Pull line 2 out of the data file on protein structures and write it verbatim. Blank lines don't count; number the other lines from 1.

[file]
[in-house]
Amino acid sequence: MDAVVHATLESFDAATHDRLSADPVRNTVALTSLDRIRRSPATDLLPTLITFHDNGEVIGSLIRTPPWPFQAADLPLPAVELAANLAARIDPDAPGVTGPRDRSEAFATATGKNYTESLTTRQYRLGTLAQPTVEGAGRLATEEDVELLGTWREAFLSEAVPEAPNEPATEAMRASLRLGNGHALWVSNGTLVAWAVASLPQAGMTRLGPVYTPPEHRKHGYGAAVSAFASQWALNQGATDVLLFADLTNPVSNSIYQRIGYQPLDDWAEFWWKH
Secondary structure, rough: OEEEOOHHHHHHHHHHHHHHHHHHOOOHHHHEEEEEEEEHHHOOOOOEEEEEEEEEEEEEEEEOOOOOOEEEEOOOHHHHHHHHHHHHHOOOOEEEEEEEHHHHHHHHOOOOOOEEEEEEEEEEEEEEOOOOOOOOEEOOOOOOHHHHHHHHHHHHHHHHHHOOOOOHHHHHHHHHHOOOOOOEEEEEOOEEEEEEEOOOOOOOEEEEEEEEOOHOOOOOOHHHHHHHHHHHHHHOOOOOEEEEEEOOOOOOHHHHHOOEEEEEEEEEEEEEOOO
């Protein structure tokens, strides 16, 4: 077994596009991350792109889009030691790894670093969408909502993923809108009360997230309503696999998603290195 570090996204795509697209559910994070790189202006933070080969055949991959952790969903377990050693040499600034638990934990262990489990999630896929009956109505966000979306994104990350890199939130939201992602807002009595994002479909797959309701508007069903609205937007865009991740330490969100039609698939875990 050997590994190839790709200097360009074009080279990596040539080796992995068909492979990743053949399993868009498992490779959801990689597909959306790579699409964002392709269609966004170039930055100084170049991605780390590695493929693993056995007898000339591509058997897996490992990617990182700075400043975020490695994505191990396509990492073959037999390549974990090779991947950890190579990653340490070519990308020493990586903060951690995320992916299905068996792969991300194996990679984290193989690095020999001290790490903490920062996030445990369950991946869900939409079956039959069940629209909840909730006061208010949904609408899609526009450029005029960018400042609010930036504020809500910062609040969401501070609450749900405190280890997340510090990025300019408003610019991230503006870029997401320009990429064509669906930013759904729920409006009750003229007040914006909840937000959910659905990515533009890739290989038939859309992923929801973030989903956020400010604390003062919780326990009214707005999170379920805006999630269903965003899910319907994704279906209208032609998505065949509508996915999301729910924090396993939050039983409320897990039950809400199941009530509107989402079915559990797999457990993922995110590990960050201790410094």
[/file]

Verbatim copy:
Amino acid sequence: MDAVVHATLESFDAATHDRLSADPVRNTVALTSLDRIRRSPATDLLPTLITFHDNGEVIGSLIRTPPWPFQAADLPLPAVELAANLAARIDPDAPGVTGPRDRSEAFATATGKNYTESLTTRQYRLGTLAQPTVEGAGRLATEEDVELLGTWREAFLSEAVPEAPNEPATEAMRASLRLGNGHALWVSNGTLVAWAVASLPQAGMTRLGPVYTPPEHRKHGYGAAVSAFASQWALNQGATDVLLFADLTNPVSNSIYQRIGYQPLDDWAEFWWKH